Not too long ago, some friends of mine in Ireland – aka ‘de wimmen’ – told me that it would be pointless my going to France with them as I neither drank wine nor ate olives. I was a tad peeved at this but not put out enough to do anything about it. I was happy with the odd gin and tonic and the occasional pint of cider on a hot day. Wine was way too pretentious for me.
The age of innocence
Sometime later, I was in a pub in Oxford with a mate of mine who had recently returned from a trip to New Zealand. He had ‘discovered’ wine and was full of interesting snippets. For instance, did you know that the first vines were planted in New Zealand by a missionary named Samuel Marsden in the north of the North Island in 1819, but that the World Atlas of Wine in 1970 doesn’t even mention New Zealand? Well, now you do! Anyway, according to my mate, the Montana Sauvignon Blanc was as close as you can get to liquid perfection. So, putting personal preferences aside, I indulged him and tried it. Just a glass. That particular combination of green grassy notes and ripe tropical fruit mellowed me. I enjoyed it. And what’s more, it was now just a matter of downing an olive or two, and I’d earn my place on the ferry to France.
The thin red line
This new-found sophistication – oh no, dahling, I’m not a Chardonnay girl – left me breathless and eager to venture further afield. I began to winter my way around the world of white wine, with an occasional summertime dip into a chilled Rosé. Thankfully I realised early on that I was in little danger of losing my fortune to the champagne gods as I’d rather an Italian Prosecco, a Hungarian Pezsgo or Spanish Cava any day of the week, especially on Sundays! And to those who say that it’s a wine’s duty to be red, I have no answer. The red-wine smell wafting from an open bag of wine gums turns my stomach and even the promise of a thimbleful of the 1945 Chateau Mouton-Rothschild Jeroboam – a bottle of which sold at a Christie’s auction in 1997 for more than $100,000 – wouldn’t entice me from my knitting on a Friday night!
After a while though, I began to notice something peculiar. I actually take on the personality of the wine I’m drinking and become even more susceptible than usual to word association. Give me a glass or two of a Chilean Sauvignon from the Casablanca Valley and, like Bergman’s Isla Lund, I find myself crying dramatically to the nearest Bogart: Kiss me. Kiss me as if it were the last time. Now in a crowded club in Budapest, this may be no bad thing, but not when you’re at a reception for a missionary priest just back from Santiago…
A glass or two of the Spanish Marqués de Riscal and I’m positively dangerous. Hands flailing dramatically like a real-life toreros, I’m liable to punch-uate each sentence quite forcibly, which is all well and good if my listeners are wearing gum-shields rather than hopeful smiles. The last poor unfortunate to risk a bottle of Riscal with me is still wondering what hit him…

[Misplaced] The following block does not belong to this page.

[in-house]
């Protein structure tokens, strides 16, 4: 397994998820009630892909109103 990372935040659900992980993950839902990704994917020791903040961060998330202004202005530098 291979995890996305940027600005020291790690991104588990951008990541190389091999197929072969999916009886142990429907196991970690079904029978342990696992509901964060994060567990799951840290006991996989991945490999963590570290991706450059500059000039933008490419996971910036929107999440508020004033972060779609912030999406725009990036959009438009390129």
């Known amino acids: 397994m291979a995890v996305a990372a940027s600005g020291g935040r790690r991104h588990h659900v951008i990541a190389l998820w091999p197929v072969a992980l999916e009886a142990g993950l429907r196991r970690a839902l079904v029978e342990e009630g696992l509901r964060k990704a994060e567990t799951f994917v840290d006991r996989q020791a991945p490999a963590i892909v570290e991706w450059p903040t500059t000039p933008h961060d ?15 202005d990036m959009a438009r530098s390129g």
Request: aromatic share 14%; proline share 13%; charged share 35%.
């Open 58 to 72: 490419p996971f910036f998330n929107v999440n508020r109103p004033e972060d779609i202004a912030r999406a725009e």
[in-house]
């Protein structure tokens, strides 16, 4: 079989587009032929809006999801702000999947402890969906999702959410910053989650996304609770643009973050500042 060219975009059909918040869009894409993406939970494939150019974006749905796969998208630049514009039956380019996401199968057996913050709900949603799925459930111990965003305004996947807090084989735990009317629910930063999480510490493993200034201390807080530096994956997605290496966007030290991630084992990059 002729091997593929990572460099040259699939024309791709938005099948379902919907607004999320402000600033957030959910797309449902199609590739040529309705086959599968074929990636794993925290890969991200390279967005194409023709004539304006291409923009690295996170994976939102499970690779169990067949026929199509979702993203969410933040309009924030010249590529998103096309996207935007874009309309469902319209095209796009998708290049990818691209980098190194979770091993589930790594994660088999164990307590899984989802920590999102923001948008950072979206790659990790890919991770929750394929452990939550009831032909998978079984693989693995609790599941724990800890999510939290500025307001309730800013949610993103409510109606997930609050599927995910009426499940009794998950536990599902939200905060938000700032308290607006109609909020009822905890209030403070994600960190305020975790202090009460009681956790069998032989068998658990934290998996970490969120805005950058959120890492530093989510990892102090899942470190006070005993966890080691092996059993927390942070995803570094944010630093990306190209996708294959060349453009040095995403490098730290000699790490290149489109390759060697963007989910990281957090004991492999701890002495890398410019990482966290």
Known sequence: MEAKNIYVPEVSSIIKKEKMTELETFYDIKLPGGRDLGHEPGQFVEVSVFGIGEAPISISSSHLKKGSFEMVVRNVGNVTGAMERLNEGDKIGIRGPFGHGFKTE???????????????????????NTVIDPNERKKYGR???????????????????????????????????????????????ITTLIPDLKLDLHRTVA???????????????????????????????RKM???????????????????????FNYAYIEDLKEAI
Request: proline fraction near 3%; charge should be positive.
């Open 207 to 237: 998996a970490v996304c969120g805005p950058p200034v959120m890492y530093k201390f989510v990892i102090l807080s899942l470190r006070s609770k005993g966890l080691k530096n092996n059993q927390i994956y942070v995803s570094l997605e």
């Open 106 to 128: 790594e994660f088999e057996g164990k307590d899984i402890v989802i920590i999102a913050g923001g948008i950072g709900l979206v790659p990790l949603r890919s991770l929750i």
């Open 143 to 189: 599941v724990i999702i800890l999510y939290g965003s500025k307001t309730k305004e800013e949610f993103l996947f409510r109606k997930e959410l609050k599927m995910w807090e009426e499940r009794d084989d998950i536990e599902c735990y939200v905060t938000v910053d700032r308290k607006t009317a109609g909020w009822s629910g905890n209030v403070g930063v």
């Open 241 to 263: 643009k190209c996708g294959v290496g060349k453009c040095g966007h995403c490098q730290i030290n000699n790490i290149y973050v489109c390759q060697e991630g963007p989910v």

Being Irish, I’m allowed a little poetic license. We need little encouragement to tell a story, but a glass or two of the Italian Verdicchio dei Castelli di Jesi will literally have me saying mass. It’s as if I split in two: one part of me can hear the other half tell the stories and just sits back and laughs, all the while sipping. Sometime I really amaze myself. Convincing some Canadian sailors from the HMS Iroquois that I was a novice nun had me rooting in my purse for my rosary beads…
A dark horse
But it’s the white wine from the Hungarian pince Nyakas that has been my undoing. I just have to see the head of that black horse to feel the stirrings of invincibility that will only later be reined in by insecurities. I’ve said before that Budapest has a peculiar energy to it – an energy that seems to make anything possible. There is a life bubbling beneath the surface of this city that emerges every now and then to push you just a little bit further than you’d thought possible. Hopes and dreams manifest themselves in thoughts and actions. Couple that sense of power with a glass or two of a Nyakas Pinot Grigio and I’m capable of doing or saying just about anything. Which is why I’m sitting here, munching olives, trying to decipher the illegible note I made in my diary last night – did I really book a ferry to France?
First published in the Budapest Times 26 April 2010